Sarlo Wants To Protect Small Businesses from ‘Surprise Tax Bills’ for CARES Act Loans
Trenton – With the IRS “playing games” with the tax status of small business loans from the federal Paycheck Protection Program, Senator Paul Sarlo (D-Bergen) wants to ensure that the tax exempt status of the forgiven loans is protected.
Senator Sarlo introduced legislation today to ensure that forgiven PPP loans would not be subject to the state’s income tax and to allow the deduction of expenses paid for by the federal PPP.
“This will help ensure that the receipt and forgiveness of coronavirus assistance through the PPP does not result in surprise tax costs for small businesses that complied with the terms of the loans,” said Senator Sarlo, chairman of the Senate Budget and Appropriations Committee. “The goal of the CARES Act funding was to enable these businesses to survive the economic hardships of the shutdown, and Congress’s intention was to allow the loans to be forgiven with no tax consequences. Many businesses are on the brink of insolvency and these costs could push them over the edge.”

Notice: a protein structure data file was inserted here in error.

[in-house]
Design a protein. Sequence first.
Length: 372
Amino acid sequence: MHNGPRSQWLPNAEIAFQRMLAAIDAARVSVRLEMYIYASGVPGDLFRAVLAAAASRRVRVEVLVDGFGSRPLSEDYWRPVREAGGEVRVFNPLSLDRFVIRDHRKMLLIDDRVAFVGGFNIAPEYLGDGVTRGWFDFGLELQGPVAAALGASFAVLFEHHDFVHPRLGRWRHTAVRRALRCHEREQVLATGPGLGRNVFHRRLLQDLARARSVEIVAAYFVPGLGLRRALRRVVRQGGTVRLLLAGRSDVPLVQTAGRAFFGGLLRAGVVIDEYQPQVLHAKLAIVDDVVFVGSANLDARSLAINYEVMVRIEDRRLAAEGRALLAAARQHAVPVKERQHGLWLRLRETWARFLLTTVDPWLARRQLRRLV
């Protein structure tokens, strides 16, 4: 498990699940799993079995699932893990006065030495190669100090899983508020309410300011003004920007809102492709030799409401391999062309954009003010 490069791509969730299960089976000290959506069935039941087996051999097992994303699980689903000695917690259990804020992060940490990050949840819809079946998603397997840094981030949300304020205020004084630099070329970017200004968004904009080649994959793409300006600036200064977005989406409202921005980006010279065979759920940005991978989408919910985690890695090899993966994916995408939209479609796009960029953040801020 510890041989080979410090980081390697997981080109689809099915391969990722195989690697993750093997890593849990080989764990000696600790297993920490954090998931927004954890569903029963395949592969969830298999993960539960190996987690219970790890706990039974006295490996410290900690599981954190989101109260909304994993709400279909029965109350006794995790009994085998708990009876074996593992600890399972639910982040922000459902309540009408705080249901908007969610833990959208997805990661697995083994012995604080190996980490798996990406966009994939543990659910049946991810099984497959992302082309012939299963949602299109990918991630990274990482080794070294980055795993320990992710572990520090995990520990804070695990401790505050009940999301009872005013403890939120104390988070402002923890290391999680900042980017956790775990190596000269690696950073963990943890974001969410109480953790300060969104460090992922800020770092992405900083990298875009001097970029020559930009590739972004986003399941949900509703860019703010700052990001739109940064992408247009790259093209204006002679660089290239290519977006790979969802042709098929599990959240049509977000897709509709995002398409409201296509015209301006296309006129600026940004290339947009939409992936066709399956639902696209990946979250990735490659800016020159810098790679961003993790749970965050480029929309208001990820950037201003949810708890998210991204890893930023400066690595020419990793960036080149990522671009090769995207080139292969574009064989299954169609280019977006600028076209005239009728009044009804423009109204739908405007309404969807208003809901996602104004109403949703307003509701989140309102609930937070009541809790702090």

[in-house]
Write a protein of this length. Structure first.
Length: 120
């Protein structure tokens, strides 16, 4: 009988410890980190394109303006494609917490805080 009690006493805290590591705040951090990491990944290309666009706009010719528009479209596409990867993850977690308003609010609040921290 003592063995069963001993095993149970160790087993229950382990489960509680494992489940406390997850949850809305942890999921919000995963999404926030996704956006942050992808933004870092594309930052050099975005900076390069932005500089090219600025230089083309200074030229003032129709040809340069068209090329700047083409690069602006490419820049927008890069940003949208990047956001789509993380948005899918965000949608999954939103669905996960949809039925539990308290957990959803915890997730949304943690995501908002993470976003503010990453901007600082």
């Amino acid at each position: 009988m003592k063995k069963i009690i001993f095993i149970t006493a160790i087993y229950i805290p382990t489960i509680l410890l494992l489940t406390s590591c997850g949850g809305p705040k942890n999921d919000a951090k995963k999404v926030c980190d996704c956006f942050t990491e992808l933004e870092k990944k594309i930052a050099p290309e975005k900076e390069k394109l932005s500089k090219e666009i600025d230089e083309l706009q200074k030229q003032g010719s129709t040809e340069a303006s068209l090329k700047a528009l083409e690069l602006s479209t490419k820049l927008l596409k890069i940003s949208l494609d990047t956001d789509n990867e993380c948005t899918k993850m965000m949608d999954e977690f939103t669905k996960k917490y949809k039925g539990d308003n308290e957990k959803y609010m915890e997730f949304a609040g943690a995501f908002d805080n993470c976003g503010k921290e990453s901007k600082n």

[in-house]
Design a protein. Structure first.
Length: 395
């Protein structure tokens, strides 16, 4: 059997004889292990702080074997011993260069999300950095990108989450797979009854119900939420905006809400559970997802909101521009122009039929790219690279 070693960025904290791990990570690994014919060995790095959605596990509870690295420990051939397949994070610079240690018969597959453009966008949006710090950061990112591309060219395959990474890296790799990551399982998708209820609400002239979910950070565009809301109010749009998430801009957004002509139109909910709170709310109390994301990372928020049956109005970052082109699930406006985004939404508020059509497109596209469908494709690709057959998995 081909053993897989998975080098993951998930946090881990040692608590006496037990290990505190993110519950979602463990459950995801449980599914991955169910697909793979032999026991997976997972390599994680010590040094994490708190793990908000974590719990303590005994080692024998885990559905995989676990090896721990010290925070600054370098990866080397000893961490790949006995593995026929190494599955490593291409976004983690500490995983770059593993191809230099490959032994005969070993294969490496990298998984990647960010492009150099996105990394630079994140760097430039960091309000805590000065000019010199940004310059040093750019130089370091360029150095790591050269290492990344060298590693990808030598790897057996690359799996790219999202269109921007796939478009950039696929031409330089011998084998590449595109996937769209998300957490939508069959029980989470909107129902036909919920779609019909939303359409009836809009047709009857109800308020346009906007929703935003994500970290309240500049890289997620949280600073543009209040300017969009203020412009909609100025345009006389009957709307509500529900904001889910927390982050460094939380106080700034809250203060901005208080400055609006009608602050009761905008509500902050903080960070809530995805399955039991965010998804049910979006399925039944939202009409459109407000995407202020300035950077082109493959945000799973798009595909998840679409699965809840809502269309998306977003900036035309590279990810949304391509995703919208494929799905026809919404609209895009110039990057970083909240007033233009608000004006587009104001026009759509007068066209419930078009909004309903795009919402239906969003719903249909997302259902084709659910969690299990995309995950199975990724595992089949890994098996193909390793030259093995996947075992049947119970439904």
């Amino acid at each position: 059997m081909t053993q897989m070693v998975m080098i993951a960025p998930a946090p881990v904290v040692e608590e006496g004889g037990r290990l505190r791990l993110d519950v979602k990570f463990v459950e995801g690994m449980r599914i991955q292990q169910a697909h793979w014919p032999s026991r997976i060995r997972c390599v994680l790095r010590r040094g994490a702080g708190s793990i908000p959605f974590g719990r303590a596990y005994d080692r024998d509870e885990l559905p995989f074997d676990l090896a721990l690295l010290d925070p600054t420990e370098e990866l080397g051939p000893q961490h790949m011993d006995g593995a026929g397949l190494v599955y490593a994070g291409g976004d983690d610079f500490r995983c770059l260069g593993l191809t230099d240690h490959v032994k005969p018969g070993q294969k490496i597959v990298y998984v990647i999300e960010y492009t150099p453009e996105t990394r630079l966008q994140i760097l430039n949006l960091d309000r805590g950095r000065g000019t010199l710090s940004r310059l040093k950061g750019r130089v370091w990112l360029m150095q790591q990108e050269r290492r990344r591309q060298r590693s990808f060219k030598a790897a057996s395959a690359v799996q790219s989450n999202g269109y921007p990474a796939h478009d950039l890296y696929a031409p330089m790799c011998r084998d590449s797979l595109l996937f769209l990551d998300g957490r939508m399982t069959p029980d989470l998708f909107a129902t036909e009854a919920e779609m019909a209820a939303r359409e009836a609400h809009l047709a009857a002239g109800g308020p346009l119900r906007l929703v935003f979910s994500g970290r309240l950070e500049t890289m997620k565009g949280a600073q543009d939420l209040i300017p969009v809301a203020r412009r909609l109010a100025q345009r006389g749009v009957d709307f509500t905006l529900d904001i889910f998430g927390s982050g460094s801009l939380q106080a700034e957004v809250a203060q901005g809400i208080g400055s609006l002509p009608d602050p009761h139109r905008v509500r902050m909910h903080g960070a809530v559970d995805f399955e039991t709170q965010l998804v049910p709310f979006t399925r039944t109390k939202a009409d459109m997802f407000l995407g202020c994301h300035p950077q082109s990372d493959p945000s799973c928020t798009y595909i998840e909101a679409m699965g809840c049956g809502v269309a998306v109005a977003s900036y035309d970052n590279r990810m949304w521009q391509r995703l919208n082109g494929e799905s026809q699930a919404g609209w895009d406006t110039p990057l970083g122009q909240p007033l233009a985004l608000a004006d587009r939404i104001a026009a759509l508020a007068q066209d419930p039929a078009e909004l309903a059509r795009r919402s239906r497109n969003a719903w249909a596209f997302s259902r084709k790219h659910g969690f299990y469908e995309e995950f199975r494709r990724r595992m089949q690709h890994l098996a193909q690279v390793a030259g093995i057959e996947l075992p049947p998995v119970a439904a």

In the CARES Act, Congress clearly intended for recipients of forgiven PPP loans to be able to deduct the expenses. But, the IRS has contradicted congressional intent by issuing “guidance” stating that borrowers who expect their PPP loan to be forgiven cannot deduct those expenses on their federal tax returns. Many loan recipients retained employees on their payrolls, even when there was little to no work to perform, in compliance with the intent of the program to keep people employed and off the unemployment rolls.
Senator Sarlo wants to make sure state tax officials don’t attempt to do the same. He also introduced a Senate resolution declaring opposition to the IRS’s attempt to tax the loans and urging the federal government to back down from its attempt to impose the tax.
Under the federal program, the United States Small Business Administration approved approximately $525 million in loans for small businesses to support payroll expenses and other non-payroll costs, such as mortgage interest and utility costs. To incentivize loan recipients to maintain existing staff, the program allowed loans to be forgiven if the borrower met certain payroll and employment retention criteria.
Contrary to congressional intent, the IRS subsequently issued guidance, IRS Notice 2020-32, that prohibited loan recipients from deducting the expenses.